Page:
This is a long article, and really gets into the weeds when it comes to why politics and governments are incredibly dysfunctional when it comes to conceiving, responding, and managing a pandemic. However this passage in particular reinforces why this may be an issue of disruption, and fit the larger framework that the disruption concept evokes:

“The bandwidth for science” at the federal health department “is quite narrow,” Forest said. “Nearly nonexistent at Health Canada and very narrow at the [Public Health] Agency itself. They didn’t know who they should follow on Twitter. They didn’t know which experts to connect to in the U.S. to know how they should react. They had nothing of the sort. And in part this is a capacity issue. It’s not their fault, it’s the fact that we have let the agency invest in very different activities, maybe since the start.”

Disruption is made possible when organizations or institutions become atrophied or have blind spots. In this case both happened. The lack of capacity resulted in blind spots and rigidity that made it difficult to respond to this crisis.

All a reflection or by-product of a deeper organizational and professional culture:

This Groundhog Day pattern of erasing earlier gains must be frustrating, but Bernard believes it’s human nature. “No one in the national-security realm likes dealing with public-health officials. They just don’t want to do it. If they’d wanted to do it, they would have become doctors or epidemiologists. But national-security people like bi-national, confrontational politics. They like chest-thumping, big-boy stuff. They don’t deal with little things like climate or human rights.”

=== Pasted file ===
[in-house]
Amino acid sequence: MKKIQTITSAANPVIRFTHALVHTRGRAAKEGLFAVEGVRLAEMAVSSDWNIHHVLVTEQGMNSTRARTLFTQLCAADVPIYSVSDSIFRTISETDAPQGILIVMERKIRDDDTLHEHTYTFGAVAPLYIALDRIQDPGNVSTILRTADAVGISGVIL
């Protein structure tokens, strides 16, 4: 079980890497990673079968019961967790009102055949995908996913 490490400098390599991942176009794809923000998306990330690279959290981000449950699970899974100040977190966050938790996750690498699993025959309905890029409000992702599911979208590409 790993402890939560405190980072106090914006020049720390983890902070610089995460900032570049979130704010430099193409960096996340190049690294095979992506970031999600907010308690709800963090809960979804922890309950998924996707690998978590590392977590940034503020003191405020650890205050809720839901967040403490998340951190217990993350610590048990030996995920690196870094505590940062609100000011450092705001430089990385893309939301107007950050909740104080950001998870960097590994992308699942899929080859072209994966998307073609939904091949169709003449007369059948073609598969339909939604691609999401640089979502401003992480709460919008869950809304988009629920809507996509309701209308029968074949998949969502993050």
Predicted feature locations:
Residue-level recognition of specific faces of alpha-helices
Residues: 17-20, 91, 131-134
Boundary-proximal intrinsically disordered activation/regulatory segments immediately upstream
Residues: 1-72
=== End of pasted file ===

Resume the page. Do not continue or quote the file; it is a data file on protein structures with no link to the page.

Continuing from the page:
Bernard asked me whether I’ve ever had serious surgery done. No, I said, but family members have. “All right. Take the personality of your big-time surgeon and tell them that they’re now going to become a pediatrician for six months. Can you imagine that personality sitting, talking to moms and screaming kids all day long? I can’t.”

When the people in power are too macho or disinterested to learn about complex systems and even more complex systemic phenomena, we end up with a cognitive deficit, that disconnects expertise, knowledge, context, and decision making power. This is where you have public health officials making decisions without the knowledge or understanding of the political and economic consequences.

Instead what we needed were leaders willing to improve their scientific and medical literacy, as well as organizations who were willing and able to prepare for crisis like this by fostering true inter-disciplinary collaboration.

As a result, public health remained a ghetto of do-gooders who were effectively ignored until we depended upon them, at which point we could barely comprehend their advice.

No wonder they were ripe for disruption.

Brittle systems break. Flexible systems adapt. Moving forward, we should foster more responsiveness, while embracing that innovation is a necessary response to this disruption, and it will not come via business as usual.

Jesse Hirsh

Jesse Hirsh